A short schedule and not a vast amount of money, but when you go in with a cohesive plan that everyone is a part of, it does make it easier. Where you see me are the flashback scenes between Ray and the young Mike Fallon. Which I felt, along with Ray Stevenson, have almost a New Wave feel about them — though I should stop digging at myself with talking about these references in relation to an action movie. Ray is a force of nature. There is literally no rehearsal. You set up the cameras, you better be ready.
But you better have everything correct and right technically, because if you ask him to do another one you better have a good reason. I absolutely loved that way of working, it keeps you on your toes and you are forced to really think. We worked with a particular camera style much closer to my style, which is where you basically weight down the camera as heavily as possible. I was always nervous, because it looked a little old fashioned, that particular style, but then you see something like Sicario or No Country for Old Men and realize that style is actually timeless.
But it takes planning, it takes a good team and experience, and a good idea of what the day is going to have to deliver. David Lynch used to put sandbags on his dolly to weight it down. There are so many great movies out there, I just have be really careful. When The Matrix came out, so many other movies looked just like it, and the same with Pulp Fiction and with Snatch.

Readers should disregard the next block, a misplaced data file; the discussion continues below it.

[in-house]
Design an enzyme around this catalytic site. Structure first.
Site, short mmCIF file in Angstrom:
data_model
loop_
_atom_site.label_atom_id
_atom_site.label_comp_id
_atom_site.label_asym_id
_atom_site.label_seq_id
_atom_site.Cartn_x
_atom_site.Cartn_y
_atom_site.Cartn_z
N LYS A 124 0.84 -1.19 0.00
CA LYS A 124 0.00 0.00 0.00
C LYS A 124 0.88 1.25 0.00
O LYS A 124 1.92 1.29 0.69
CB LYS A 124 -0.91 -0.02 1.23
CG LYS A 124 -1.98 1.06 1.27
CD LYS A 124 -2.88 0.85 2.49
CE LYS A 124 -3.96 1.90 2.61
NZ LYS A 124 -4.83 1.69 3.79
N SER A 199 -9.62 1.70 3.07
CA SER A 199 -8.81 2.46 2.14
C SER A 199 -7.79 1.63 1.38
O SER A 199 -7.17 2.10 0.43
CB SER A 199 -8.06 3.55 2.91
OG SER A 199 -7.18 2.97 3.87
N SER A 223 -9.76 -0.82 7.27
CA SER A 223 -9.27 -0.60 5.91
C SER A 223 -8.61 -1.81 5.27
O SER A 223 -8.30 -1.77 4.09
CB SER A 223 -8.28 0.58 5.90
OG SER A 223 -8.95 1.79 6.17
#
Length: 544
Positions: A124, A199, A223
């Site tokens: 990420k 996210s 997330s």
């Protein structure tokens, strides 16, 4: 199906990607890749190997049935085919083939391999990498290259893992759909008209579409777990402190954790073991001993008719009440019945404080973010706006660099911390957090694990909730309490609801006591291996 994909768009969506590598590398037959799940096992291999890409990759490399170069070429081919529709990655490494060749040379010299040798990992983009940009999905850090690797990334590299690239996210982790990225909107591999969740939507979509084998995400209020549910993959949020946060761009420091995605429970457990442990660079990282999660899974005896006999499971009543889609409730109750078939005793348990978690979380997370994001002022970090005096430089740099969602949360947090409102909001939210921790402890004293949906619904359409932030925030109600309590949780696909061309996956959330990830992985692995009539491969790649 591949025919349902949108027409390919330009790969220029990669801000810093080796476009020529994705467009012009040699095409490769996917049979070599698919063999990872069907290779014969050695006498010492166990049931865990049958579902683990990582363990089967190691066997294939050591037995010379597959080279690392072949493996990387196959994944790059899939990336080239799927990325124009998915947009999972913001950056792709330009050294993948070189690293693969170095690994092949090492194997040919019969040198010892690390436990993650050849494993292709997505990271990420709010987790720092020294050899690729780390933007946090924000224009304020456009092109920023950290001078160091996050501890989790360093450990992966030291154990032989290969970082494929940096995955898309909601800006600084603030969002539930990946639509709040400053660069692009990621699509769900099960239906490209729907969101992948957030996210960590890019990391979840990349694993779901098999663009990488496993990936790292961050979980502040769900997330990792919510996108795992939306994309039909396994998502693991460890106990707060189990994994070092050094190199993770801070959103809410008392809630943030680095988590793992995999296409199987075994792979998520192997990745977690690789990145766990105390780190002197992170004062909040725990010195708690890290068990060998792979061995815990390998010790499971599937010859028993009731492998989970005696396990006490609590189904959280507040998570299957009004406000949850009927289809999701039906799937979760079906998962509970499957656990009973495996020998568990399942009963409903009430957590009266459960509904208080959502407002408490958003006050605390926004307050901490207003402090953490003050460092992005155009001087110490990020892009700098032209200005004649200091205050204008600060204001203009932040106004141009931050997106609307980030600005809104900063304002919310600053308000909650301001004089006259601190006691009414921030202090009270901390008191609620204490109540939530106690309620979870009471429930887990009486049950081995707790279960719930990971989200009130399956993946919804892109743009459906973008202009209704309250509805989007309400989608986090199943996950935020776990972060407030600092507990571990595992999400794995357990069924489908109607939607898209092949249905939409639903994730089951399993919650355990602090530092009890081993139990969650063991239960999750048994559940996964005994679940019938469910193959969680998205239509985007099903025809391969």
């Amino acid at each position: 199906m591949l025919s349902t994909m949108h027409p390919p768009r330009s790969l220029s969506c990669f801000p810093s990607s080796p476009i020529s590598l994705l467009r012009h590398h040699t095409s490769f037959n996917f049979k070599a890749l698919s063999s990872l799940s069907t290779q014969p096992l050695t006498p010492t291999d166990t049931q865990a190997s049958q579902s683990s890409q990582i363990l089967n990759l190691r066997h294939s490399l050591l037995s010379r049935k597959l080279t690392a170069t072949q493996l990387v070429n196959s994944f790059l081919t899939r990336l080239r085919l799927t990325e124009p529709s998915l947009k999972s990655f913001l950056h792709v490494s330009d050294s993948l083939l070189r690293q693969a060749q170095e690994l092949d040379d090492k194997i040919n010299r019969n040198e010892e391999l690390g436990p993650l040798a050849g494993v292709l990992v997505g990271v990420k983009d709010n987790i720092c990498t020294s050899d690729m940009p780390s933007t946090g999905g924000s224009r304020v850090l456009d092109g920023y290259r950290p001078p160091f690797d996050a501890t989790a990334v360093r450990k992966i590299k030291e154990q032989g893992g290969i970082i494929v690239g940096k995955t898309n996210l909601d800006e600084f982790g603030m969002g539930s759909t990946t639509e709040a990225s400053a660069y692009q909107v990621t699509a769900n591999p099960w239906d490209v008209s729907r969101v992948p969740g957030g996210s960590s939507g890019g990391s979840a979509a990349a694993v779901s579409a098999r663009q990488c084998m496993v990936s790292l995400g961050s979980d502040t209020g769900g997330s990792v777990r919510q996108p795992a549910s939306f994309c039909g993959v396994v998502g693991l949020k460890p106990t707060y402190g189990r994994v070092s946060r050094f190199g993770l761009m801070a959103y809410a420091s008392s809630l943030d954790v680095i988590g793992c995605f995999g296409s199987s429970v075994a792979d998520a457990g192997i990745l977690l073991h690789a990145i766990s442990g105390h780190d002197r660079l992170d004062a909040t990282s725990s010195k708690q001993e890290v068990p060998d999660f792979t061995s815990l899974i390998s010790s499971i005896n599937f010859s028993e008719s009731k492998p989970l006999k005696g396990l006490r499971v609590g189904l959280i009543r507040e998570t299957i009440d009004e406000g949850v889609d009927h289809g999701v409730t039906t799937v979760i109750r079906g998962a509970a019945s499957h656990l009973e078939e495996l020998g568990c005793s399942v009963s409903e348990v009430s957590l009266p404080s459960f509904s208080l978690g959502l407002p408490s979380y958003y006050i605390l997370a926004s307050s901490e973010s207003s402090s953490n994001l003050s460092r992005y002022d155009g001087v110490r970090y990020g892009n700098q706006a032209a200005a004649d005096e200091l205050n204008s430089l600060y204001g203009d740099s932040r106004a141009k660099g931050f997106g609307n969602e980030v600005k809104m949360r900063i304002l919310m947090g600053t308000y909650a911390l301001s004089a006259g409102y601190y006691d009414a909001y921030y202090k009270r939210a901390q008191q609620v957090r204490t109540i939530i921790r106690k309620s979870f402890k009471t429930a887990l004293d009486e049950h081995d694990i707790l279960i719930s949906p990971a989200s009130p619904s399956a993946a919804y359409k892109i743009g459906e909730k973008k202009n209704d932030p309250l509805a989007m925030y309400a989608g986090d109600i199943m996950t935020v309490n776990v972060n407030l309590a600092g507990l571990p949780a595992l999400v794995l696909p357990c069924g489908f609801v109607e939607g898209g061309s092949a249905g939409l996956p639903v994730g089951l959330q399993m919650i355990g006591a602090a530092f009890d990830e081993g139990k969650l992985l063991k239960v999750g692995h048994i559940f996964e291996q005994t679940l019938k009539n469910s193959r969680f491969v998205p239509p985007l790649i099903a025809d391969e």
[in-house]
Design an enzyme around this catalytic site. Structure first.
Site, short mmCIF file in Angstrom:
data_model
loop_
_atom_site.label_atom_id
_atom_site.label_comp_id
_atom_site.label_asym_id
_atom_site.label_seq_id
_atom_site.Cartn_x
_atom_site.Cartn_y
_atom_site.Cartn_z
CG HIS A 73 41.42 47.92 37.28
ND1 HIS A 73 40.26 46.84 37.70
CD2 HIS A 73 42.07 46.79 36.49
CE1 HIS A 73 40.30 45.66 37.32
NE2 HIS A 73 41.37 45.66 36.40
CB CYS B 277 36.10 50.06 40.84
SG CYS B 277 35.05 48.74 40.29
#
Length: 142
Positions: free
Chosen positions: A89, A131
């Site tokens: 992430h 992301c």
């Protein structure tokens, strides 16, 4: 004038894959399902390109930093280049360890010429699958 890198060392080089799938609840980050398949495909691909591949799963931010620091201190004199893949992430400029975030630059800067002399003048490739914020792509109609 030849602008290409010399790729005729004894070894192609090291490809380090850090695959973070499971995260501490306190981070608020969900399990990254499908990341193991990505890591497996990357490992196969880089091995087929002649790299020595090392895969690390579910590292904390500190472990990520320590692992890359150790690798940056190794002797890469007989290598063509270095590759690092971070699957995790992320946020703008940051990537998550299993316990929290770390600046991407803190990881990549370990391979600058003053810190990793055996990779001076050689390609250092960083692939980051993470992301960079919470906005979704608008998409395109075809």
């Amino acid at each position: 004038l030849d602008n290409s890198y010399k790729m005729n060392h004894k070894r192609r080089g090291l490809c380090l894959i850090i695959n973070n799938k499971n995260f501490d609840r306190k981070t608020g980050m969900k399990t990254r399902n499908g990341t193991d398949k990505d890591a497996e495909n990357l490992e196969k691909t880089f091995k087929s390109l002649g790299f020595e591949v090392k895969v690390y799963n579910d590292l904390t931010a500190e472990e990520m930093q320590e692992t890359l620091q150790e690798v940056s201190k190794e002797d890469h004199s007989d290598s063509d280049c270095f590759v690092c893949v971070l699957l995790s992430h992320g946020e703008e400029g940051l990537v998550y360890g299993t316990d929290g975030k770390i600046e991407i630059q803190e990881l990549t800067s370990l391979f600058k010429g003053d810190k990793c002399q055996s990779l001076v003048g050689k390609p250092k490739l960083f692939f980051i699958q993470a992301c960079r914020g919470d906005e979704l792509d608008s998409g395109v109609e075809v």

I know it makes me sound like a Luddite. We had a limited budget. They are very specific about where they want to put the camera to catch the hit, they are very specific about how the hit has to look and what the technique is. That kind of filmmaking simply does not interest me. So I gave the 2nd unit, meaning the fight scenes, to Tim. I would throw the first punch, and then Tim would come in to shoot the fight scene all the way through the last hit, which would be me.
The flashbacks, for example, the introduction of the characters. The film worked very well in that aspect. Literally just the fight scenes were his work. We have a mutually respectful relationship. Would they have been the way I would have directed them? No, not really at all.
I like the big wide angles; with me there would have been a lot more flowing, push-in for the tights, a slightly different way. They really worked very hard. I could hear them on the set next door, smacking the ground, hitting the walls, screaming, yelling. We basically did the same thing on Triple Threat as well. I would tell him what I wanted story-wise, how I wanted it to end.
Iko would have his Silat, Tiger would have his traditional kung fu, and Jaa would have his very brutal style of Muay Thai that he enjoyed. The guys would fight and counter with their particular styles.
On that one it was complex; we had to make sure the actors were happy, they were always giving their 10 cents. On Accident Man Tim and Scott had a little bit more of a free reign, they were the bosses. I think they did great in the amount of time we had. Johnson: Savage Dog was just under three weeks, which is very nerve-wracking. Things move quickly, but there has to be a very cohesive plan that has be translated, sometimes in two different languages.
Having said that, the Thai crew is very efficient if they know what they have to do, all about prepping for the next one and the next one. But you have such great resources there: have to feed extras, built a Bridge on the River Kwai- kind of village we ended up blowing up, and elephants. In Debt Collector we went back to considerably less than a month [laughs]. You approach all of them the same way: with a very cohesive plan, as logistically as possible, with a view to allowing actors as much freedom as possible.